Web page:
• This year’s 17th and 18th issues of Shonen Sunday have a new Rumiko Takahashi miniseries, Millennium Innocence. It’s cool to see her doing shorts again (honestly, Rinne would have worked better as one).

That’s a wrap for this week, but as always, let us know if something got left out!

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Weekly news recap: This time with kaiju

There wasn’t any kaiju coverage last week, but this time we can make up for that!

  • Terry Rossio, writer of the abandoned 1994 Hollywood Godzilla flick, is getting another chance, this time for Godzilla vs Kong! Here’s to another try!
  • Looks like Chofu will be hosting the 8th Amateur Kaiju Movie Contest on April 1. It’s cool to see how Kiyotaka Taguchi is still quite active in the independent kaiju scene.

  • Speaking of Taguchi, his segment Female Weapon 701 (what, no “Scorpion”?) will be one of the 28 segments in the upcoming anthology Tetsudon: Kaiju Dream Match. It has a giant Haruka Momokawa, who, presumably, actually could go on a date with Eleking.

  • A little more concept art for the Godzilla anime movie. Can’t it just be Anime Japan already? Do we really have to wait two weeks?

Non-kaiju stuff:

  • Kyoryuger is getting a Korean sequel series, Kyoryuger Brave….while I’m not sure how it’ll stack up against the Japanese series, at least it looks better than Zaido. Koichi Sakamoto (no stranger to hopping overseas to work on Power Rangers) is set to direct, so if nothing else it should maintain some tonal consistency with the original. If this is successful, I wonder if we’ll see similar cases like this in the future with other Sentai shows around the world; I’d much rather see an internationally-made sequel than an actor-replacement edit like we get in the US.

  • We have a trailer for Jojo’s Bizarre Adventure: Diamond is Unbreakable Part 1! They actually changed the color of the sky to make it look like the manga, and I’ve got a lot of questions about how well that works.

  • You can get Garo armor in the new Monster Hunter XX game:

  • A trailer for the pro-wrestling movie Dynamite Wolf. This one skews more realism than superhero-type wrestlers, but it may still be of interest.

That’s a wrap for this week; as always, leave a comment if we missed something!

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Kong count #1 – Honorable mentions

Well, after counting down all year, Kong: Skull Island is finally out! The Maser Patrol crew will be assembling a full review in coming days, but if you want a short version: “Go see it!”

Hope you’ve enjoyed the series! As a final hurrah, here are a handful of titles that we didn’t  quite get to during the Kong Count, for some reason or another, but we very easily could have (maybe the series should have been 100 posts long instead?):

  • The Asylum’s mockbuster King of the Lost World, probably the highest-profile thing not covered here.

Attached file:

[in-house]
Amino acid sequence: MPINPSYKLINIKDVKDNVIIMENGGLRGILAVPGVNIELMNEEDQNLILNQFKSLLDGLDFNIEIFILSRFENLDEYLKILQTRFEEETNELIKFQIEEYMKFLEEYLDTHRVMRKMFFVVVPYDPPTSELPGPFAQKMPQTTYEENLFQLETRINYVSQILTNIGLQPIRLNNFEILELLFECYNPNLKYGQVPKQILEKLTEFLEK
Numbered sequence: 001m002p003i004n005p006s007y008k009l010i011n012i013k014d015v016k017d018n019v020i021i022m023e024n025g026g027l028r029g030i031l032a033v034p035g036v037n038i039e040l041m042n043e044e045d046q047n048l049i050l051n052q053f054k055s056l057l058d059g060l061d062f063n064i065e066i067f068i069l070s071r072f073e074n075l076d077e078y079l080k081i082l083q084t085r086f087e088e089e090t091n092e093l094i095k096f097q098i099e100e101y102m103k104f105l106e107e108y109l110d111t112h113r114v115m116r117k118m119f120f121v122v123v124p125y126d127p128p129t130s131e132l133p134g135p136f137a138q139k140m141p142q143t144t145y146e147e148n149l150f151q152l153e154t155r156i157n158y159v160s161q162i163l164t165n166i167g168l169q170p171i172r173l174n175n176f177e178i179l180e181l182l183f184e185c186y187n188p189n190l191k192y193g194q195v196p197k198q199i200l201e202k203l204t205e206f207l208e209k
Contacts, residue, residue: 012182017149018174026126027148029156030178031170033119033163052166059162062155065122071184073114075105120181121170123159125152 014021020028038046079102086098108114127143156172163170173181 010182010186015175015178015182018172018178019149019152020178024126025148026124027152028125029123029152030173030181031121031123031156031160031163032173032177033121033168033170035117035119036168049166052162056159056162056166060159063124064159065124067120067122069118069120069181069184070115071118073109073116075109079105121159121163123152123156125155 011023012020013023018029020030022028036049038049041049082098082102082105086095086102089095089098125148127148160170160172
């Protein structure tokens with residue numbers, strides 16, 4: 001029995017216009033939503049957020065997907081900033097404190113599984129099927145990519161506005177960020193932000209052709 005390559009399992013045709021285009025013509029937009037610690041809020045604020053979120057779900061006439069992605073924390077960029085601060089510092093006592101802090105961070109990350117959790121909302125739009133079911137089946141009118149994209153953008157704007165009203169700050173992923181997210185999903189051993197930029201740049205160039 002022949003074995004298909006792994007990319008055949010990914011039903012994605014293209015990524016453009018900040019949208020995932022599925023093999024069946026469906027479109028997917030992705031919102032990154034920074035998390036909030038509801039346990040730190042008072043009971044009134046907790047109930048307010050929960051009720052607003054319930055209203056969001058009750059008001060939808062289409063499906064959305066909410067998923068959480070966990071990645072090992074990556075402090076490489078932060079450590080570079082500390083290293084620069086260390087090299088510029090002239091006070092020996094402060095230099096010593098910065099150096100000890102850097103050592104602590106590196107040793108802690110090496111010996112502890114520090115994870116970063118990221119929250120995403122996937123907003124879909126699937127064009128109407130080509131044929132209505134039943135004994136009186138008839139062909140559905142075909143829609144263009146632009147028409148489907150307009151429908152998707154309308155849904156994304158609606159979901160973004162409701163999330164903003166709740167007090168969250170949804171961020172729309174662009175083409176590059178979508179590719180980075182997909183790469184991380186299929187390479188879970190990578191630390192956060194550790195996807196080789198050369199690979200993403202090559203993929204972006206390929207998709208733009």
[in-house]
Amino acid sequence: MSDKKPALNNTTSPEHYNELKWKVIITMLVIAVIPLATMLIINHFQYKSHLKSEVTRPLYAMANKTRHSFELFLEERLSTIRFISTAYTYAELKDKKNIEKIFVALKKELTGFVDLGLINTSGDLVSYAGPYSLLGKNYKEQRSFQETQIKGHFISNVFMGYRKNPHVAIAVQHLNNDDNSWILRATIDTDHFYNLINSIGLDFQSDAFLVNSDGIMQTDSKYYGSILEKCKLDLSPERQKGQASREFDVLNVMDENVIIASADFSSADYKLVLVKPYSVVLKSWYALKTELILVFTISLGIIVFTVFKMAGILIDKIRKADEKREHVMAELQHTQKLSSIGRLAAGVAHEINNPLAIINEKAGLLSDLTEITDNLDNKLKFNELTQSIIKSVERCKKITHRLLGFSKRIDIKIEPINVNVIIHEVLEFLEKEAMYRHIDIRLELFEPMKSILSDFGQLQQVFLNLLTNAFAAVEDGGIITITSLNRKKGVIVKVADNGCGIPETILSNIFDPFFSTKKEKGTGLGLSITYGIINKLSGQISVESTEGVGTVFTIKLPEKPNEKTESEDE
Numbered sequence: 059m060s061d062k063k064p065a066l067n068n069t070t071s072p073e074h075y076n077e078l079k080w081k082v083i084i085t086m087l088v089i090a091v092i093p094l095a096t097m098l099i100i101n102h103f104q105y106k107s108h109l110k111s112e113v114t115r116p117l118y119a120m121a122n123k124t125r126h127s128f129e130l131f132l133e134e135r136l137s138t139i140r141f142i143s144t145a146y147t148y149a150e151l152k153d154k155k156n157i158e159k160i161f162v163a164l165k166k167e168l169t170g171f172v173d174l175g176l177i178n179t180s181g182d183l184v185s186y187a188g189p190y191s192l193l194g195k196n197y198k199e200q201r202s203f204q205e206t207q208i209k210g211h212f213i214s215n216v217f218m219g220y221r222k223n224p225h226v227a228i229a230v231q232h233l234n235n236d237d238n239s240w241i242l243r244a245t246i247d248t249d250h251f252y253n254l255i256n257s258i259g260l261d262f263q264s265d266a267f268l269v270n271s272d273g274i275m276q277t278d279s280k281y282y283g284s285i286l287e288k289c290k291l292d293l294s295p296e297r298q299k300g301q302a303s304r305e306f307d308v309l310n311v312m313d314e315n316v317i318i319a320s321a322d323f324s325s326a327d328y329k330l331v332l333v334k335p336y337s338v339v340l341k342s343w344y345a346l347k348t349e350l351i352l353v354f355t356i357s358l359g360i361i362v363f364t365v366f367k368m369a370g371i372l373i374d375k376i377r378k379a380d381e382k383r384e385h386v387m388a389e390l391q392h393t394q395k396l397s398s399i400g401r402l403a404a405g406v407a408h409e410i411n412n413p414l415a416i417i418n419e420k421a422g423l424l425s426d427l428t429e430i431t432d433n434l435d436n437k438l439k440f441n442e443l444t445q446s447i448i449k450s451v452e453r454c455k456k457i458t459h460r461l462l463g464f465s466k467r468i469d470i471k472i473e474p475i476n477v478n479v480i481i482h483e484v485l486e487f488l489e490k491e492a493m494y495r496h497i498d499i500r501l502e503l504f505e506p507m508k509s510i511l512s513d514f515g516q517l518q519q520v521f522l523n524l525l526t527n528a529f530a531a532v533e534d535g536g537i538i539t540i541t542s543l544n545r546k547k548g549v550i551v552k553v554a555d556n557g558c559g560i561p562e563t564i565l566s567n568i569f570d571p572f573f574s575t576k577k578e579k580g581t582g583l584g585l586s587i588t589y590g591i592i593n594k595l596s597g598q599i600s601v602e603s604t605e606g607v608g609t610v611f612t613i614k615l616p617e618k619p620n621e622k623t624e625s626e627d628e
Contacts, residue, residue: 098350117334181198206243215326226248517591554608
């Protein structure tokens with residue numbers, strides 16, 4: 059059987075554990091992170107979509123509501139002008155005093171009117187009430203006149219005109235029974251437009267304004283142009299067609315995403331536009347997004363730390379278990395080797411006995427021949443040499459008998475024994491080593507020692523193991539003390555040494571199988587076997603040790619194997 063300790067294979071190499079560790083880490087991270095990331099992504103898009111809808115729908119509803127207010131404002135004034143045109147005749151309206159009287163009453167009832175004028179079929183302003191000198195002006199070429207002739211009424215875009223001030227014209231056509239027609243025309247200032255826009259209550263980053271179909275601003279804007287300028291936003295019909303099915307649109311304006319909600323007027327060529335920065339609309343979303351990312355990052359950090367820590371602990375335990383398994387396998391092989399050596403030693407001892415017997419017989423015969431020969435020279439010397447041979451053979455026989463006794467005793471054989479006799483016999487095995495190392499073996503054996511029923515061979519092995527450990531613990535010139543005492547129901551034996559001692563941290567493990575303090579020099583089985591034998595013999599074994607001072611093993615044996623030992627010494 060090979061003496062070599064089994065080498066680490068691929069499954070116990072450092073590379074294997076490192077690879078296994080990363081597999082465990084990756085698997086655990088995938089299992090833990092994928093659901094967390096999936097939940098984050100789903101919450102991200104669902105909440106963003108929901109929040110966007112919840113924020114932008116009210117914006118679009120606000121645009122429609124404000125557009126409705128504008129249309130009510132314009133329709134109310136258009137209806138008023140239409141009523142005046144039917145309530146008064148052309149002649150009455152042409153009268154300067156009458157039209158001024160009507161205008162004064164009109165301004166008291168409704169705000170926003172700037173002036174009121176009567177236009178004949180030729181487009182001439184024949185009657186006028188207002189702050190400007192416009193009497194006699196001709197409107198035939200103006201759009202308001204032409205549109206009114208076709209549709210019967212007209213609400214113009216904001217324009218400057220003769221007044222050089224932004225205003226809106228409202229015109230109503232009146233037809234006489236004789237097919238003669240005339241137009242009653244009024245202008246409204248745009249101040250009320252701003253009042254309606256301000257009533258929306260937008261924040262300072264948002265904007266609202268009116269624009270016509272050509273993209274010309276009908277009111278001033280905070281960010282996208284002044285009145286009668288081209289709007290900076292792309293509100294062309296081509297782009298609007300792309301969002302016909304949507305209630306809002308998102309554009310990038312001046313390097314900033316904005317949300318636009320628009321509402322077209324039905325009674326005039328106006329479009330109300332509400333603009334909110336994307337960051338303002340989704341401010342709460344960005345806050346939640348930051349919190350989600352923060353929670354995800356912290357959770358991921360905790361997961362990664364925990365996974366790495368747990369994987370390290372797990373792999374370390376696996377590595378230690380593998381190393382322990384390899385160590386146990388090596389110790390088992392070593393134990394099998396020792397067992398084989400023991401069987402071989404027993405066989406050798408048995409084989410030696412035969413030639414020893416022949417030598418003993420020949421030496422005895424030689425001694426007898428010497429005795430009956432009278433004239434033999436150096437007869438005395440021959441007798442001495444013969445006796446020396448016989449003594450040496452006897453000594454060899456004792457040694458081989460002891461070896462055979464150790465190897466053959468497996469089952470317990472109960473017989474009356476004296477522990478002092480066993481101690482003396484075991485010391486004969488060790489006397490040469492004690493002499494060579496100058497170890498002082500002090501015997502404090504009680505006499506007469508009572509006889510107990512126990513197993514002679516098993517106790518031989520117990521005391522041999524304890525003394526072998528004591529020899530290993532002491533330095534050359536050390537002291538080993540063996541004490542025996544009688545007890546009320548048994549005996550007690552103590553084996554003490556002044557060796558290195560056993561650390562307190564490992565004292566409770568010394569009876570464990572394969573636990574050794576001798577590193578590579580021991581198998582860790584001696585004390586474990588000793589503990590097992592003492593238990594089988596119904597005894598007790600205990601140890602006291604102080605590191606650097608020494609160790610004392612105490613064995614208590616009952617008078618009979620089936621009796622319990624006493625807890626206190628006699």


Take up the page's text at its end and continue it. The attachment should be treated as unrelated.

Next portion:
• The Italian movie Eve the Wild Woman, which was re-titled King of Kong Island in the US, despite having only normal-sized gorillas. Best watched in the Rifftrax version.


  • The low-budget flick The Abominable, which as far as I know, isn’t available in its country of origin, but it is on DVD in Japan as Ice Kong.

  • The Abbot & Costello flick Africa Screams, which has a giant gorilla:


  • The X-rated parody Supersimian, which actually does have some decent stop-motion animation.


  • The 1945 film The White Gorilla, an edit of the 1927 serial Perils of the Jungle with an ape named “Konga”

  • The storied fan-film made at Toho, Wolf-man vs. Godzilla clearly draws on King Kong vs. Godzilla.


  • The artsiest Kong exploitation, 1978’s Bye Bye Monkey, which has someone adopt a chimp he finds in Kong’s corpse.

  • Multiple people have told me to watch the comedy King Kung Fu

  • The “Kong” episode of Alvin & the Chipmunks Go to the Movies


  • Great Watchuka from the Hanna Barbera’s Godzilla:


  • Hiroshi Kawamoto’s Monster King Godzilla, which brings back MechaniKong.

  • Shigeru Mizuki’s manga Kind Kong, about a giant Kinichi Hagimoto fighting a mole monster.

    kind-kong kind-kong-2

While we’re at it, how about Mizuki’s manga Mr. Primitive?


  • The Disney comic strip Gorilla Gorilla


  • Numerous short stories, like “Desperate” from Dark Horse Presents or Phillip Jose Farmer’s “After Kong Fell”.


  • The 2013 stage musical

  • The uncompleted 1934 puppet movie The Lost Island


And we haven’t even touched all of the works that inspired Kong, such as

  • The Lost World
  • Creation
  • The Dinosaur and the Missing Link, A Prehistoric Tragedy
  • Heu-heu, or the Monster
  • Isle of Sunken Gold
  • Paul de Chailu’s travel guides
  • Along the Moonbeam Trail
  • The Ghost of Slumber Mountain

There may be some other as-of-yet unrevealed titles to get to eventually as well. Good thing there’s already another King Kong movie planned for 2020!